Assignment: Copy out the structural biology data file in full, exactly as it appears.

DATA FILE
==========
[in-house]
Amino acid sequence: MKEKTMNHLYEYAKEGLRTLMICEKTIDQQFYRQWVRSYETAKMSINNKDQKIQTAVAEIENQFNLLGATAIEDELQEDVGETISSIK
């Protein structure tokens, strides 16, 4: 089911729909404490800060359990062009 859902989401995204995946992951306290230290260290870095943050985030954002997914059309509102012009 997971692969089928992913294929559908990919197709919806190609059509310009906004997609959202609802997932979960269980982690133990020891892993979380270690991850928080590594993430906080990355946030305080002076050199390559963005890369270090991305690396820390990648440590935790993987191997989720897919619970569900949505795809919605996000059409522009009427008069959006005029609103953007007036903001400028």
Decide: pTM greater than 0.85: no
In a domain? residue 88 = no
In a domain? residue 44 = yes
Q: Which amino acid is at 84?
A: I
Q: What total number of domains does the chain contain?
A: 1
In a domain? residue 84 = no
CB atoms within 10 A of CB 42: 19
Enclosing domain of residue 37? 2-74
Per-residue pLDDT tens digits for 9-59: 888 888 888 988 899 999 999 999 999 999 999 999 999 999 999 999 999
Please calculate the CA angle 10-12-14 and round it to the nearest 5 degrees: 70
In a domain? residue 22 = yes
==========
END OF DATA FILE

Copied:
[in-house]
Amino acid sequence: MKEKTMNHLYEYAKEGLRTLMICEKTIDQQFYRQWVRSYETAKMSINNKDQKIQTAVAEIENQFNLLGATAIEDELQEDVGETISSIK
């Protein structure tokens, strides 16, 4: 089911729909404490800060359990062009 859902989401995204995946992951306290230290260290870095943050985030954002997914059309509102012009 997971692969089928992913294929559908990919197709919806190609059509310009906004997609959202609802997932979960269980982690133990020891892993979380270690991850928080590594993430906080990355946030305080002076050199390559963005890369270090991305690396820390990648440590935790993987191997989720897919619970569900949505795809919605996000059409522009009427008069959006005029609103953007007036903001400028």
Decide: pTM greater than 0.85: no
In a domain? residue 88 = no
In a domain? residue 44 = yes
Q: Which amino acid is at 84?
A: I
Q: What total number of domains does the chain contain?
A: 1
In a domain? residue 84 = no
CB atoms within 10 A of CB 42: 19
Enclosing domain of residue 37? 2-74
Per-residue pLDDT tens digits for 9-59: 888 888 888 988 899 999 999 999 999 999 999 999 999 999 999 999 999
Please calculate the CA angle 10-12-14 and round it to the nearest 5 degrees: 70
In a domain? residue 22 = yes